Course code: IT2938
Duration: 3 Days*
The course is targeted towards those who have already completed the ITIL® Foundation. It is useful to those professionals who require a management-level understanding of the main activities and techniques that a form a part of the ITIL® Service Design. This includes including CIOs, CTOs, IT managers, IT architects and IT consultants.
The ITIL Service Design exam certifies knowledge of the Service Design stage of the lifecycle, including core activities and techniques. The exam is multiple choice, has 8 questions and lasts 90 minutes. It is closed book and the pass mark is 28/40, or 70%.
You could follow on from this course by studying other ITIL Intermediate qualifications from the rest of the Service Lifecycle stream, including Service Strategy, Service Transition, Service Operation and Continual Service Improvement (CSI).
Introduction to Service Design
Different Principles of Service Design
Introduction to Design Coordination Process
Introduction to Service Catalogue Management Process
Introduction to Service Level Management Processes
Introduction to Supplier Management Process
Introduction to Availability Management Processes
Introduction to Capability Management Process
Introduction to IT Service Continuity Management Process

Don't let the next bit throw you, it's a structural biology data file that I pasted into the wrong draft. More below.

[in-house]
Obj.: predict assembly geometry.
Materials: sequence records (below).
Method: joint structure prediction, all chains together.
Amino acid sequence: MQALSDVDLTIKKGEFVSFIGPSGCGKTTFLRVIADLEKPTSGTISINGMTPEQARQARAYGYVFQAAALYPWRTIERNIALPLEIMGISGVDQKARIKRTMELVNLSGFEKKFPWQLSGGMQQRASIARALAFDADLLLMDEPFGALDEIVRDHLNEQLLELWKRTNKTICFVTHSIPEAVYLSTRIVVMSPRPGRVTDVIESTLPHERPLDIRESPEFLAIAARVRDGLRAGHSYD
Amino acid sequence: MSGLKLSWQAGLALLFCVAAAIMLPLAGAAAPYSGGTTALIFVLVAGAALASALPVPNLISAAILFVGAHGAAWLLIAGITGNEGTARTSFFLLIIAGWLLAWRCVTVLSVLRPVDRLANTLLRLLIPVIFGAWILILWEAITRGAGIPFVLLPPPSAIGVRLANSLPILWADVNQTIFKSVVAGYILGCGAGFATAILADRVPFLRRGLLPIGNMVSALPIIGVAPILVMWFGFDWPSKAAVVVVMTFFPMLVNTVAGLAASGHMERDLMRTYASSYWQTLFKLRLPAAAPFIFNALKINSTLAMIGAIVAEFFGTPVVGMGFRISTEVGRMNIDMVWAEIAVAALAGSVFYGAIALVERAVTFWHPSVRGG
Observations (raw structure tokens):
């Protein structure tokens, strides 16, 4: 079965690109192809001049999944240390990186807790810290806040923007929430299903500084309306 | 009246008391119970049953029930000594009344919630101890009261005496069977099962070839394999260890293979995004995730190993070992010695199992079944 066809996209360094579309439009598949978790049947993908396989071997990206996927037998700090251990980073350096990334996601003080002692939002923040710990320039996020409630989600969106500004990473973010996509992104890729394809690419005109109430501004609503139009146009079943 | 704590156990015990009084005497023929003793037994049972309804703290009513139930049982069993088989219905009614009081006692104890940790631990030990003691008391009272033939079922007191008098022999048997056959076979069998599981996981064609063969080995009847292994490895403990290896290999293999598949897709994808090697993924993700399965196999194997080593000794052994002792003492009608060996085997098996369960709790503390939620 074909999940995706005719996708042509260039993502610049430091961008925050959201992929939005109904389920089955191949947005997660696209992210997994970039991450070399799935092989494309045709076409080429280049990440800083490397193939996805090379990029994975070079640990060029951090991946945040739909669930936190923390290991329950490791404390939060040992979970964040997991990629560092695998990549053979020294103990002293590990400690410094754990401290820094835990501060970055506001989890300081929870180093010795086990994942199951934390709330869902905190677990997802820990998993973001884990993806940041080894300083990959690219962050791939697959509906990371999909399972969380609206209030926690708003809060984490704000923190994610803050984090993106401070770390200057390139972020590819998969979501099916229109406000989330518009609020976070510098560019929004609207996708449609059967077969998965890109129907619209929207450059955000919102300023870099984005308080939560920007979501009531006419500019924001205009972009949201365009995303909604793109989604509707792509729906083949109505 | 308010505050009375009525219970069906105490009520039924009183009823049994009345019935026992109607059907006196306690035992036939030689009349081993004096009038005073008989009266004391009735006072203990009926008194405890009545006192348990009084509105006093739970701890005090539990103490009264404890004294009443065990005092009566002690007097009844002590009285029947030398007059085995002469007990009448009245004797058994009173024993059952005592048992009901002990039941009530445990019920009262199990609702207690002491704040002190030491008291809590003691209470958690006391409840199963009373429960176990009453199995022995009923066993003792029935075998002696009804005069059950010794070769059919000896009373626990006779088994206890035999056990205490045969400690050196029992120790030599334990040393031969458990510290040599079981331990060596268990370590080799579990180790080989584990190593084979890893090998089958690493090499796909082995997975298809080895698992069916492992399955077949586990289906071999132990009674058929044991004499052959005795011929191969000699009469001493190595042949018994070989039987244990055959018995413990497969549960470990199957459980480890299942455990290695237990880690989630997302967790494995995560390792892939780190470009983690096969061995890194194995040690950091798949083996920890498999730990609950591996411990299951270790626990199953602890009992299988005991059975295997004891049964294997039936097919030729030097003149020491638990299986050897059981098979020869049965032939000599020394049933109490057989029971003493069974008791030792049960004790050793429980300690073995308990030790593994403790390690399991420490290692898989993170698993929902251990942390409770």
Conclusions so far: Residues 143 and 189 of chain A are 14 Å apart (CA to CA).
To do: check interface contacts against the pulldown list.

Introduction to Process of Information Security Management
Introduction to Organising Service Design
Technology and implementation Analysis
*After completing 2 days of classroom training and successfully passing your Foundation Exam, the third day of this course is a flexible exam preparation day to complete at your convenience in order to prepare you to take and pass your exam online.
We provide comprehensive support during the exam process to make the experience as simple as possible. This exam can be taken at a suitable time, subject to availability; online, anywhere.
Benefits of online exams include:
Brighton is a seaside resort located on the south coast of England. It is part of the historic county of East Sussex, in the great county of Sussex. Historical proof of settlement in the region dates back to the Bronze Age, Roman and Anglo-Saxon periods. The important ancient settlement of "Brighthelmstone" was documented in the book named as Domesday in 1086. The town's importance increases in the Middle Ages as the Old Town established, but it languished in the early modern period, attacks by foreign countries, affected by storms, a decreasing economy and a declining population. It starts attracting more tourists after better-quality road transport to London and becoming a boarding point to travel to France by boats. The town also developed in popularity as a health resort for sea-bathing to cure illnesses.